A United Nations-backed wildlife conference in Qatar canned a proposal aimed at protecting the world's dwindling stock of Atlantic bluefin tuna Thursday, just hours after rejecting a similar trade ban on polar bear parts.
The bluefin debate has been going on since the early 1980s, Bloomberg noted. The fish has been a prize catch since the early 1900s for its use in sushi and other dishes. Recently, a number of scientists have come forward with data indicating that the fish faces a biological watershed and may even go extinct in the wild.
Delegates entered the Qatar conference with high hopes they could agree on a temporary ban on bluefin fishing, a last-ditch effort to save the species before an imminent collapse of stocks. But a contingent of countries led by Japan (the world's leader in bluefin consumption) were intent on scuttling the idea from the get-go, arguing that a ban on bluefin fishing would be "unworkable and unfair."
To see why the bluefin trade-ban proposal failed, take a look at the key ingredients involved in the ban talks:
Start With 2 International Wildlife Bodies
The Convention on International Trade in Endangered Species of Wild Fauna and Flora (CITES) is the name of the U.N. conference and also one of the world's largest voluntary wildlife conservation pacts, including 175 parties. Agreements reached are binding but do not supercede international law. The pact categorizes species into three groups: those that are protected in at least one country, those that are "not necessarily threatened with extinction, but in which trade must be controlled" to ensure their survival, and finally those that are "threatened with extinction," which are only permitted to be traded under "exceptional circumstances." In order to impose the ban, members would have had to agree to reclassify the bluefin in the third category.
The International Commission for the Conservation of Atlantic Tunas (ICCAT) describes itself as an "inter-governmental fishery organization responsible for the conservation of tunas and tuna-like species in the Atlantic Ocean and its adjacent seas." It includes 58 nations.The organization has long been criticized for failing to act on the reports prepared by its own scientific researches: "ICCAT members routinely ignore the advice of their own scientific committee and set catch quotas at double recommended levels. National fleets then regularly exceed even these quotas," Scientific American magazine said.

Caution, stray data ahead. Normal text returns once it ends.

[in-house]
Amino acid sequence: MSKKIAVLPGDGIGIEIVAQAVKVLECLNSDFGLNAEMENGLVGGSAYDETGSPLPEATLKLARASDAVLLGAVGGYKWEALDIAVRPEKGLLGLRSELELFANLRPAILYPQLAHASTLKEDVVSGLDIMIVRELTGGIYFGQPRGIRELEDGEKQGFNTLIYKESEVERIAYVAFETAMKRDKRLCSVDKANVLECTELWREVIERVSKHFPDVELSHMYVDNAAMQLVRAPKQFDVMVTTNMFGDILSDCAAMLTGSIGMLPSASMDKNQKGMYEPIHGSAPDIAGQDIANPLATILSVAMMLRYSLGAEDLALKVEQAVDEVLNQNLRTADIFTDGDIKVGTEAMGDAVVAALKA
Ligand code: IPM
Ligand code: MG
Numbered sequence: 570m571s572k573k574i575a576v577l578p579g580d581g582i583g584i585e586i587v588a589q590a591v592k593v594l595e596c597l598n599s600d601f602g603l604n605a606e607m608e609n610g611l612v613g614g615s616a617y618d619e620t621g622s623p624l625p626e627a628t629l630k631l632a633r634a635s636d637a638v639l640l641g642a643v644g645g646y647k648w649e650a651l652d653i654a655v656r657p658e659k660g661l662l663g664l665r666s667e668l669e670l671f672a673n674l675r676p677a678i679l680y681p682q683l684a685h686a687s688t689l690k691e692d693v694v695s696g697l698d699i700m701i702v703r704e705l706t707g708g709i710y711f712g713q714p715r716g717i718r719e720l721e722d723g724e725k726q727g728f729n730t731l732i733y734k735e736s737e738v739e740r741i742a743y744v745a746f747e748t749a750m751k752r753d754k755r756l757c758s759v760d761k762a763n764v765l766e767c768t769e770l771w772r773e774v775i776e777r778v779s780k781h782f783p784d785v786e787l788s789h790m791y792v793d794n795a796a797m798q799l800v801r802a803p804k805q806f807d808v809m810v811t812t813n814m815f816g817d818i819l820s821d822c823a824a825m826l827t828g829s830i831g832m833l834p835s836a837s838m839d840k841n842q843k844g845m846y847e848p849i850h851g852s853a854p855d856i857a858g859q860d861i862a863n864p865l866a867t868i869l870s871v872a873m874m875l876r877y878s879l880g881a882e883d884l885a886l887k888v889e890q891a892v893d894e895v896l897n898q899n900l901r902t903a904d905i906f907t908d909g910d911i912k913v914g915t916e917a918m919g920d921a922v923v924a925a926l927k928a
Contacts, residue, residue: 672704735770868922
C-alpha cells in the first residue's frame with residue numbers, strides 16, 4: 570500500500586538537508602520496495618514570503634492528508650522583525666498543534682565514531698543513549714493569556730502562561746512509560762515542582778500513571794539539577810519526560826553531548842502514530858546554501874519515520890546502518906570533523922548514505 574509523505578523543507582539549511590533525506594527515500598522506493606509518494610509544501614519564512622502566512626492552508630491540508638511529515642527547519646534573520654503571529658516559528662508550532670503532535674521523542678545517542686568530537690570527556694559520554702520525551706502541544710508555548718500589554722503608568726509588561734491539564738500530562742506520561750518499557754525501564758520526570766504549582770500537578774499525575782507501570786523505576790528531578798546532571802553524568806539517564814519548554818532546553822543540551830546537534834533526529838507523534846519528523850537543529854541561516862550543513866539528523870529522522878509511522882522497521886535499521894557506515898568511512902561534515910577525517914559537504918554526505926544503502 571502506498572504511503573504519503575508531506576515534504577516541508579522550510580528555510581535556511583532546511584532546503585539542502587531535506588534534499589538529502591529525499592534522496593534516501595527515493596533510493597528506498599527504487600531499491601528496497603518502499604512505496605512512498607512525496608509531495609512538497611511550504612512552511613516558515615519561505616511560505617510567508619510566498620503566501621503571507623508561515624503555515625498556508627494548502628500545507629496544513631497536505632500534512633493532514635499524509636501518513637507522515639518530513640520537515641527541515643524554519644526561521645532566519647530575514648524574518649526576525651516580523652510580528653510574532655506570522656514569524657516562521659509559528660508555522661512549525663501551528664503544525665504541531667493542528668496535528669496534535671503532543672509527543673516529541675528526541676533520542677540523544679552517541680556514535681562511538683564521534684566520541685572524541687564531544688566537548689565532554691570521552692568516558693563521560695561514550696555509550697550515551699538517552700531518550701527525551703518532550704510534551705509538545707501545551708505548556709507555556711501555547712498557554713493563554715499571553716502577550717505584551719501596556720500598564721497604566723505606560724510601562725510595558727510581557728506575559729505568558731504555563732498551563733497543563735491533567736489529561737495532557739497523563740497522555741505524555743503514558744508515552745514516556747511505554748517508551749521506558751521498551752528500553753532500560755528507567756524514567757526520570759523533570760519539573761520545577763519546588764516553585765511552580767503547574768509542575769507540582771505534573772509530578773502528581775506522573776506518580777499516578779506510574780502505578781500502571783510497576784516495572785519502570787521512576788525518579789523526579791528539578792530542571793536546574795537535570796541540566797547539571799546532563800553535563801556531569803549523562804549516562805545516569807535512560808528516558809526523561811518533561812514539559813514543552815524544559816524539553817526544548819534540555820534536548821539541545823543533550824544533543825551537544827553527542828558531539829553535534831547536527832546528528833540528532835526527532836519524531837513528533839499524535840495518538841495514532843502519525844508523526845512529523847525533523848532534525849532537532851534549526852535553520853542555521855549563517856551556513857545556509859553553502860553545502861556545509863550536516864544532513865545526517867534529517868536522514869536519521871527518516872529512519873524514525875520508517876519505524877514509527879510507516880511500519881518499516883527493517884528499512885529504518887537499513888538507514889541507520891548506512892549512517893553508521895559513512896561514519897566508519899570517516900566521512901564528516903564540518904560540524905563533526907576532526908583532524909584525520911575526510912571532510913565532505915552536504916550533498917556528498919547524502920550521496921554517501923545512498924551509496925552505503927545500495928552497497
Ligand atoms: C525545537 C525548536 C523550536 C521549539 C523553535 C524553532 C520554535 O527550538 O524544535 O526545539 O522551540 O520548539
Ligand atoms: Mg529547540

Add 1 Prized Fish
The Atlantic bluefin tuna (scientific name Thunnus thynnus) is a torpedo-shaped, metallic blue and white, warm-blooded fish that measures an average 6.5 feet long and 550 pounds, according to National Geographic. The bluefin lives in the North Atlantic, can travel at a top speed of 43 mph and has been recorded migrating anywhere from the spawning grounds in the Mediterranean all the way to the Gulf of Mexico.
As far as current numbers go, the ICCAT and other groups agree that the portrait is particularly grim. One report from ICCAT described the situation in stark detail:
Still, as the numbers of fish go down, the price goes up: A year ago, The Washington Post reported that "a single bluefin can sell for $100,000 or more." More recently, The Japan Times highlighted several indications of how valuable the bluefin has become in recent years, including this illustrative example: "Two months ago, the owners of two sushi restaurants in Japan and one in Hong Kong banded together to pay $175,000 for a 233-kg bluefin tuna at Tokyo's Tsukiji fish market."Continued fishing at current fishing mortalities is expected to drive the spawning stock biomass in the East to very low levels; i.e. to about 18 percent of the 1970 level and 6 percent of the unfished level. This combination of high fishing mortality, low spawning stock biomass and massive fishing overcapacity results in a high risk of fisheries and stock collapse. A study by Mackenzie et al. (2009) concludes that even if a near-complete ban on all bluefin tuna fishing in the Northeast Atlantic and Mediterranean were implemented and enforced from 2008 to 2022, the population would still probably fall to record lows in the next few years.
1 Proposed Ban
Last year, the tiny Mediterranean country of Monaco (south of France) spearheaded the current effort to implement a temporary global ban on the international trade of bluefin. Collaborating with CITES, Monaco submitted a proposal that calls for "banning fishing of bluefin in the eastern Atlantic and Mediterranean until each fishing nation crafts measures towards the recovery of bluefin tun stocks, and establishes a system to monitor poaching," according to Japan Today. Monaco's proposal would make an exemption for the domestic fishing and sale of bluefin.